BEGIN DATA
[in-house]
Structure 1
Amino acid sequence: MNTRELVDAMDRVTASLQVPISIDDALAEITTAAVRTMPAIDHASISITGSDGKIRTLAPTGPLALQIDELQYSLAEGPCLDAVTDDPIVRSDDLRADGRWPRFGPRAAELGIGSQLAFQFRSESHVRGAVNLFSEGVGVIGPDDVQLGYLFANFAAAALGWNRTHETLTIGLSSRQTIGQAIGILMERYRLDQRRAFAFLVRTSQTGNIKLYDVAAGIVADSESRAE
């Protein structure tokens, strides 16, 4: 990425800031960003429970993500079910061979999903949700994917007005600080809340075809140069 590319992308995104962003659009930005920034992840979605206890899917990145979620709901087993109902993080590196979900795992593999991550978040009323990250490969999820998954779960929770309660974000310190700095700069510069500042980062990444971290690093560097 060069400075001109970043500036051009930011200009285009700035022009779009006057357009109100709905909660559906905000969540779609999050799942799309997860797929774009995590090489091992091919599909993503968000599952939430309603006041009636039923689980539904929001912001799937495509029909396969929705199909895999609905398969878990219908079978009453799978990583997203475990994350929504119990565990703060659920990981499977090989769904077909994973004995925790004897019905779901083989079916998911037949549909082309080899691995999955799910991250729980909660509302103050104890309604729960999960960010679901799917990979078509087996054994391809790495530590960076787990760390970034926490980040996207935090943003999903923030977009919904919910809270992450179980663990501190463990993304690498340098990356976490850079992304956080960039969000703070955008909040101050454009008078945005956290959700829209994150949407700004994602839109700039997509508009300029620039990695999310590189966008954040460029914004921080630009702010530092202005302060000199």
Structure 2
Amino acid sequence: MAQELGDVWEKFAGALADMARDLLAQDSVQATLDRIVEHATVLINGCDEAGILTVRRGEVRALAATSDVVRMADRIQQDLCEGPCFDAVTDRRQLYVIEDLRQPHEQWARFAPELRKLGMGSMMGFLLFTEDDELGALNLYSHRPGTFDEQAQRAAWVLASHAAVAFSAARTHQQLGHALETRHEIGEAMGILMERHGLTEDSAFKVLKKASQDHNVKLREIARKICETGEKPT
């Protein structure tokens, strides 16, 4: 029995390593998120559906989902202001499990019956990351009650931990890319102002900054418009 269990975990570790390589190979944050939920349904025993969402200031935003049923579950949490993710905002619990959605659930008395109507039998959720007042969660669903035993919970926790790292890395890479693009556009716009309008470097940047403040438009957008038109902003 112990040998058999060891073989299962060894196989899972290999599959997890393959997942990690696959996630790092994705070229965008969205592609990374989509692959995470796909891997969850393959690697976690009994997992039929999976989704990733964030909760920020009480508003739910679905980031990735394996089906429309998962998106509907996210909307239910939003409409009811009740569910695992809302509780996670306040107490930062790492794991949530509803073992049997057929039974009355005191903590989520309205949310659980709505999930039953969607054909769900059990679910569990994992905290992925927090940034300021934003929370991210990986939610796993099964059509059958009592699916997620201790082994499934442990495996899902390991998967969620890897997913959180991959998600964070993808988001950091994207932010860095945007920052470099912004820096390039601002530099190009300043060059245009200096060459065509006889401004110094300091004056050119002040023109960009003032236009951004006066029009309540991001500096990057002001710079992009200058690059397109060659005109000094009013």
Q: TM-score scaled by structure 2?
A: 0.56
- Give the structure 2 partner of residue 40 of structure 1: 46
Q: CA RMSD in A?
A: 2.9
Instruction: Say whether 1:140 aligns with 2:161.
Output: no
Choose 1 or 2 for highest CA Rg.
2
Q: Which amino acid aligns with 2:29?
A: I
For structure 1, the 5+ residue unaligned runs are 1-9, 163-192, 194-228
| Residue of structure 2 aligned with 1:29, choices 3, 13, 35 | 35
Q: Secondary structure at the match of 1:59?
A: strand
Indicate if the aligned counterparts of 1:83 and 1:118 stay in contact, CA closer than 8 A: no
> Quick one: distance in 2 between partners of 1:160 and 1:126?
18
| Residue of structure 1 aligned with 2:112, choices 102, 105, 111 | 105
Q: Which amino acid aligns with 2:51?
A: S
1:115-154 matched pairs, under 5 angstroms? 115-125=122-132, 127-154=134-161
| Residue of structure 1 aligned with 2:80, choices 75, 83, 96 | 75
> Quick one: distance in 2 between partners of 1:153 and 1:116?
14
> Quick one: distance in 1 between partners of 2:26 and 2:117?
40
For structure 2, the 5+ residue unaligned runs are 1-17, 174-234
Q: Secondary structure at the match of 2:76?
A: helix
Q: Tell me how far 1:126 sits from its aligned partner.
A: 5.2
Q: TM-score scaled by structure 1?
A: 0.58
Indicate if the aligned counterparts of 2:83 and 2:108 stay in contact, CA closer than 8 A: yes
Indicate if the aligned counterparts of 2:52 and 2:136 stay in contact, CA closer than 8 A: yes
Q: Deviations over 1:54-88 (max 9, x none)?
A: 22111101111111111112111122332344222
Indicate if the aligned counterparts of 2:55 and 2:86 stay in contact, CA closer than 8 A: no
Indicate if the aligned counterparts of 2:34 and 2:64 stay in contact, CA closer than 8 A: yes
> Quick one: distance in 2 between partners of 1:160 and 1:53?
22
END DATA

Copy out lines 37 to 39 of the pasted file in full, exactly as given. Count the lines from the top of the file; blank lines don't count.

A: helix
Q: Tell me how far 1:126 sits from its aligned partner.
A: 5.2